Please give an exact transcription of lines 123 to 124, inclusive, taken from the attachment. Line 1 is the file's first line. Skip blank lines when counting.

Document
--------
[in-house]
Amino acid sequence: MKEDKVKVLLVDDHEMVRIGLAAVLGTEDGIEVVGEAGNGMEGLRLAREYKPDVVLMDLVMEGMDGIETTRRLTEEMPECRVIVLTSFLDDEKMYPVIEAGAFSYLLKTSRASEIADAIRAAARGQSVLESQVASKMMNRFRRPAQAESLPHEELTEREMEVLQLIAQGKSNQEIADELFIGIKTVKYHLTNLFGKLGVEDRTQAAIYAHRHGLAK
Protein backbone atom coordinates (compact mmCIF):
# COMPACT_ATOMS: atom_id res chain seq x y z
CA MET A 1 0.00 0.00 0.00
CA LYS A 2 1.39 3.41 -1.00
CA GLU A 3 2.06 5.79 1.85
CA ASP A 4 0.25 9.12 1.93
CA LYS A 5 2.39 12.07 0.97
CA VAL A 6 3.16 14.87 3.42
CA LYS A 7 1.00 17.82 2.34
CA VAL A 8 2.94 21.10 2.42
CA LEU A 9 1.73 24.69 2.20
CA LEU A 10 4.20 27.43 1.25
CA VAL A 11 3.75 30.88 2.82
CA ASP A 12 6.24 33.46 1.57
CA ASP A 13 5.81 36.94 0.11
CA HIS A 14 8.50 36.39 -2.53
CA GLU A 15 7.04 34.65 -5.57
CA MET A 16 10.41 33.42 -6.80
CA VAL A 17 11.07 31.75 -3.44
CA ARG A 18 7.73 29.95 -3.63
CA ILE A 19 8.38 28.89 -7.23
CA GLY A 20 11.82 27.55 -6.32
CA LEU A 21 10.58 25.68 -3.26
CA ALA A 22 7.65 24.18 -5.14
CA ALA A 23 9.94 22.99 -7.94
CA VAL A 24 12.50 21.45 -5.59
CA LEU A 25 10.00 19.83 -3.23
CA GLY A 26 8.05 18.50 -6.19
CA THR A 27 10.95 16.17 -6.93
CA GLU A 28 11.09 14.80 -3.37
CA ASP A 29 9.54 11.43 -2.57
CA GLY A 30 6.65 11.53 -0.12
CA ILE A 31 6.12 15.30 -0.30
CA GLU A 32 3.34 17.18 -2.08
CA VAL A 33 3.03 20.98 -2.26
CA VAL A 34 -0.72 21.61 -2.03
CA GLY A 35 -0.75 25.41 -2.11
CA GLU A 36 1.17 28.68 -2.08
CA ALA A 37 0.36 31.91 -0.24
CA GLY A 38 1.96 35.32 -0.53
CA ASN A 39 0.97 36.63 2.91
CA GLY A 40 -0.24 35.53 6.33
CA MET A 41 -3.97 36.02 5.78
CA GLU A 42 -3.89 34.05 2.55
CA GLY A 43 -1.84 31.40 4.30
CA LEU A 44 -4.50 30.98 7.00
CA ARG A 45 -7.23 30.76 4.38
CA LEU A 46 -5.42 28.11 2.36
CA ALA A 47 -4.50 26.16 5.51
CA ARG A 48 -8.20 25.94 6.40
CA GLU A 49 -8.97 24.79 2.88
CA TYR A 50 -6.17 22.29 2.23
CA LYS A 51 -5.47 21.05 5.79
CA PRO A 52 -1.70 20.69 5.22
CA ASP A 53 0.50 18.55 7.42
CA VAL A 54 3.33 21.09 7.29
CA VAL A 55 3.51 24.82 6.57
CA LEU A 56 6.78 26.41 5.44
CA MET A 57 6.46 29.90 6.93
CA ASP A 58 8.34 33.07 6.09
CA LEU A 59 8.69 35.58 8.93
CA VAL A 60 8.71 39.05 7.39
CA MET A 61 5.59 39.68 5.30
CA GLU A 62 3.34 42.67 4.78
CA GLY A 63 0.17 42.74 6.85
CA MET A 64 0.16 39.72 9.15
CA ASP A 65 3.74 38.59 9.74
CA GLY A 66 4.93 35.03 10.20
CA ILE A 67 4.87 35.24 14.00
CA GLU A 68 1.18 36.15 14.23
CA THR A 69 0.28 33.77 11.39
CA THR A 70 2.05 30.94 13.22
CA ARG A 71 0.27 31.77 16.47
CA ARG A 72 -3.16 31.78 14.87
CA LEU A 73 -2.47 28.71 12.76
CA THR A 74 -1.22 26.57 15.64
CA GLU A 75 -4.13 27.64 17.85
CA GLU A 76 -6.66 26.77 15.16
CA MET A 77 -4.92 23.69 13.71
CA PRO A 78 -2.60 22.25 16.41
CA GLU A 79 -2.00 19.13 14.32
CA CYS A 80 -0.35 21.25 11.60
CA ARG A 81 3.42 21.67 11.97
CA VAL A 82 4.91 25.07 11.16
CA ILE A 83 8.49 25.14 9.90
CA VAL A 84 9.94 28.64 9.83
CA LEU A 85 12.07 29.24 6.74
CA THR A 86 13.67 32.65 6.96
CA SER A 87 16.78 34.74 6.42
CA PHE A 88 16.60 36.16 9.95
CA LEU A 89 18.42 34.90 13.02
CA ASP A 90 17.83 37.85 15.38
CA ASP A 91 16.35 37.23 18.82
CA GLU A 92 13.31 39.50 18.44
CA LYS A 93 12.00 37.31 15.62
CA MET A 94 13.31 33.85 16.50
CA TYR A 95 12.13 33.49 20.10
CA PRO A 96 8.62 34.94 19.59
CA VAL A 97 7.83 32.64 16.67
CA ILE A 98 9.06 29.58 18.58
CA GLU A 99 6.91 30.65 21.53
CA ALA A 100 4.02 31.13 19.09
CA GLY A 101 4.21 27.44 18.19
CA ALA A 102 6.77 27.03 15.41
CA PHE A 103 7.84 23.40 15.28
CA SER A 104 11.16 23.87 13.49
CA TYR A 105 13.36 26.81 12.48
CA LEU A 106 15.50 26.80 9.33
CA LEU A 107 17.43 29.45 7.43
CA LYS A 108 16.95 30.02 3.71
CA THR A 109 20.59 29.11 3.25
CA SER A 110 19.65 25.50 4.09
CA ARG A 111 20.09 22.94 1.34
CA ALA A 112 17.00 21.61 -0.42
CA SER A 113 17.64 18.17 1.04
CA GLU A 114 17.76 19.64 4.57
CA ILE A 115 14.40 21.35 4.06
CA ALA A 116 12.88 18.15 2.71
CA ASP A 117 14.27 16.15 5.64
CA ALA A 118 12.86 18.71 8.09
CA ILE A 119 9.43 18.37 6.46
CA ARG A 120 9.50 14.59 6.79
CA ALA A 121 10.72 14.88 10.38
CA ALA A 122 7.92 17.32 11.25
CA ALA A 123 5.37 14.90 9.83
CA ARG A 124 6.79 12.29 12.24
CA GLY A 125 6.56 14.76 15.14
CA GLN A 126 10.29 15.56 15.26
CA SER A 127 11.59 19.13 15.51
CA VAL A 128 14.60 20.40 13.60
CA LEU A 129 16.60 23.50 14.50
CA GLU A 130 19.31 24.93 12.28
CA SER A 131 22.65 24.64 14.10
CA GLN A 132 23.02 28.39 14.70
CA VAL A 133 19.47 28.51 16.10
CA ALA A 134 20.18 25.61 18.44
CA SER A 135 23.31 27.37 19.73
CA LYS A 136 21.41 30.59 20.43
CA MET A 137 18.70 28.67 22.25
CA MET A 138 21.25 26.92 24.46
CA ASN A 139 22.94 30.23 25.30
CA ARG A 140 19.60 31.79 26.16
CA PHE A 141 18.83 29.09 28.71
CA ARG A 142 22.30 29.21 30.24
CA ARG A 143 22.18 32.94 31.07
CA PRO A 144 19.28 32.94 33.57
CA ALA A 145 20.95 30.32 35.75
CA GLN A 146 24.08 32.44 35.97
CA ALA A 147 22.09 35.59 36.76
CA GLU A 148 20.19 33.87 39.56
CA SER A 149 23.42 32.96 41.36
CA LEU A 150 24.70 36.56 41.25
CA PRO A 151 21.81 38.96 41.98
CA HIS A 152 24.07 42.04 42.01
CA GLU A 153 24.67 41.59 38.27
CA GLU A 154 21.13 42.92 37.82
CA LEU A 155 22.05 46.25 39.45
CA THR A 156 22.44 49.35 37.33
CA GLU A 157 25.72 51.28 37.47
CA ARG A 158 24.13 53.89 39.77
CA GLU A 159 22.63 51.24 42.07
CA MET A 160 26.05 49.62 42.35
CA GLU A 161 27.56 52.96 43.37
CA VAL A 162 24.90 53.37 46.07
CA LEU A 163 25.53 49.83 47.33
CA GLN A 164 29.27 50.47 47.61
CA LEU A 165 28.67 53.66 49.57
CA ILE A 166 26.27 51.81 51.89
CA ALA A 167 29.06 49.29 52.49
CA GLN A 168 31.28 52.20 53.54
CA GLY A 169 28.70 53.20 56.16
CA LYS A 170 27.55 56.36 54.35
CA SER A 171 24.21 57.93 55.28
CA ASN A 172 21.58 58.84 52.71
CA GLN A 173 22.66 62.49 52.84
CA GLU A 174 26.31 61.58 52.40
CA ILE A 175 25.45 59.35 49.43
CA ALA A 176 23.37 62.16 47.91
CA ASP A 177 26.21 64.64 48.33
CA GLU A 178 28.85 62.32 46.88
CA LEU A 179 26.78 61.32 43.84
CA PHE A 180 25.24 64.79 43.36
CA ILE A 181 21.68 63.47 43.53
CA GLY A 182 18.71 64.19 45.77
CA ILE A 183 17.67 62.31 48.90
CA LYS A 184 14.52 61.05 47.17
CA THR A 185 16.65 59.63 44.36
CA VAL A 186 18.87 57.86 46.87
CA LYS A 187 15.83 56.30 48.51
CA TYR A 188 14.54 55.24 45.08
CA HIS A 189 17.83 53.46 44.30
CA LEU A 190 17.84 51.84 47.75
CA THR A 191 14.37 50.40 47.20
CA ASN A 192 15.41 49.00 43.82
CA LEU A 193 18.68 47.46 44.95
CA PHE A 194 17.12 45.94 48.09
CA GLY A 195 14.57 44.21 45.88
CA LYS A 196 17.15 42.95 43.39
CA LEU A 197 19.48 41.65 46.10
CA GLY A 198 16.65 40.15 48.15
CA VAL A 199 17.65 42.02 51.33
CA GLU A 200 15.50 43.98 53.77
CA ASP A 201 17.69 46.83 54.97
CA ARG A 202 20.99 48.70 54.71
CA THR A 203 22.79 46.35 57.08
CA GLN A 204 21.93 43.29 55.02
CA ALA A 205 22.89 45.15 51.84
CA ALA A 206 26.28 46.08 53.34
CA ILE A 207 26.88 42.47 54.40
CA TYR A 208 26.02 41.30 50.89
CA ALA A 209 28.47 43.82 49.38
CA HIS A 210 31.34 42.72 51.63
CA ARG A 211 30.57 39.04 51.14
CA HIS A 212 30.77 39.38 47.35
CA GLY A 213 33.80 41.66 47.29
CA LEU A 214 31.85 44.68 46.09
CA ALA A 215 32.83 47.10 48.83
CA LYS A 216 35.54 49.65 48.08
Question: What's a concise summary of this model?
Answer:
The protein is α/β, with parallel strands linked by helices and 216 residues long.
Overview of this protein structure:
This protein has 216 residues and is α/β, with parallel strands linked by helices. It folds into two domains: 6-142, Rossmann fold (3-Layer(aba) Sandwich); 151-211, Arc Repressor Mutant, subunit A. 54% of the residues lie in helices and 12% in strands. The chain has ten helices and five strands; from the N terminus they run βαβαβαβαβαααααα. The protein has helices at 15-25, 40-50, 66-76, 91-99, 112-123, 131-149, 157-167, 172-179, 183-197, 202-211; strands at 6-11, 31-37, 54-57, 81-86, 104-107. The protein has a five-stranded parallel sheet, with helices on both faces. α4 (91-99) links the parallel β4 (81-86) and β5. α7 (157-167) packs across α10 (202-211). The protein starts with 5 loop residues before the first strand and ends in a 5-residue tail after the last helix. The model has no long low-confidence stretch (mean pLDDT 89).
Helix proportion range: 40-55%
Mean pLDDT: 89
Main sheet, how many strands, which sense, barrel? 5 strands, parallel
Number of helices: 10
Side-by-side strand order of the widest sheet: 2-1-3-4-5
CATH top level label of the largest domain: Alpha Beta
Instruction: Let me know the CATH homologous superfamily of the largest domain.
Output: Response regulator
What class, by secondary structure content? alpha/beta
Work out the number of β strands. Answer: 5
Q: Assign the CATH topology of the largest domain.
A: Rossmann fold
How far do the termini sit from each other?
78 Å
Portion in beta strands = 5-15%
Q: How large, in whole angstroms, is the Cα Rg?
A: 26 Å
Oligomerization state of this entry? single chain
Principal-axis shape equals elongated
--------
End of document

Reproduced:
CA ILE A 119 9.43 18.37 6.46
CA ARG A 120 9.50 14.59 6.79